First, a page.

- The French Connection. Popeye Doyle's partner uses a credit card to get into Popeye's apartment.
- Parodied in the James Bond film A View to a Kill, where Bond pulls out a credit card to unlock a window. But after flipping it over we see that it's an electronic lockpick from The Sharper Image.
- A later movie has a credit card with a lockpick inside it. Sliding back the lower portion of the card causes the spring-loaded pick to pop out.
- Superman IV: The Quest for Peace : Lois uses a credit card to get into Clark's apartment to return the cape he lost in his battle with the Nuclear Man.
- Ace Ventura did it with a door sign.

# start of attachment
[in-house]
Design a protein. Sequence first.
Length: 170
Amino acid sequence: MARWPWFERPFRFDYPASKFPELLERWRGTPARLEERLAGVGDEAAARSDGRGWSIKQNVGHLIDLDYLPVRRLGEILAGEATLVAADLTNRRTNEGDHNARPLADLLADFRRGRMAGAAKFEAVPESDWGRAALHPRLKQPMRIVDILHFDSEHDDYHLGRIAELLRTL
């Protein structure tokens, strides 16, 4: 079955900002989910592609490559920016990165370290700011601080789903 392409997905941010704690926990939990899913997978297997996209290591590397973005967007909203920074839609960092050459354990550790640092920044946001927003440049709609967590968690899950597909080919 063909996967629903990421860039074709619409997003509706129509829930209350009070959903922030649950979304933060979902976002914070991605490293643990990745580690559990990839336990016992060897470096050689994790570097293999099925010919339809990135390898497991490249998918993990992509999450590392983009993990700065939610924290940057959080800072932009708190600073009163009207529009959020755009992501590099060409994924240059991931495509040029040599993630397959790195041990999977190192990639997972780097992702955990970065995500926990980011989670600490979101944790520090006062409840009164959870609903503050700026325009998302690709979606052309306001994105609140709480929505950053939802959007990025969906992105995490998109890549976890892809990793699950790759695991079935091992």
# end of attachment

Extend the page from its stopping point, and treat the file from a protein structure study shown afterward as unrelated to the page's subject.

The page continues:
- Subverted in Roxanne. Charlie is called to Roxanne's house to unlock her door. He opens his tool chest to reveal nothing but a single credit card, however the door doesn't take Master Card. He then uses the Old Reliable method to gain access to her house (deftly scaling the 3 story home to crawl in through the unlocked attic window).
- Fletch plays with this one when the titular character, trying to avoid his ex-wife's attorney, uses a credit card on a window to break into his own apartment.
- Subverted in The Burbs when Ray's store credit card snaps in half as he attempts this.
- Subverted in High Heels And Low Lifes with multiple credit cards of Frances', apparently since she figured it might work This Time.
- A few characters do a similar trick with a knife at various points in the Catteni books; the protagonist explicitly compares it to the credit card trick.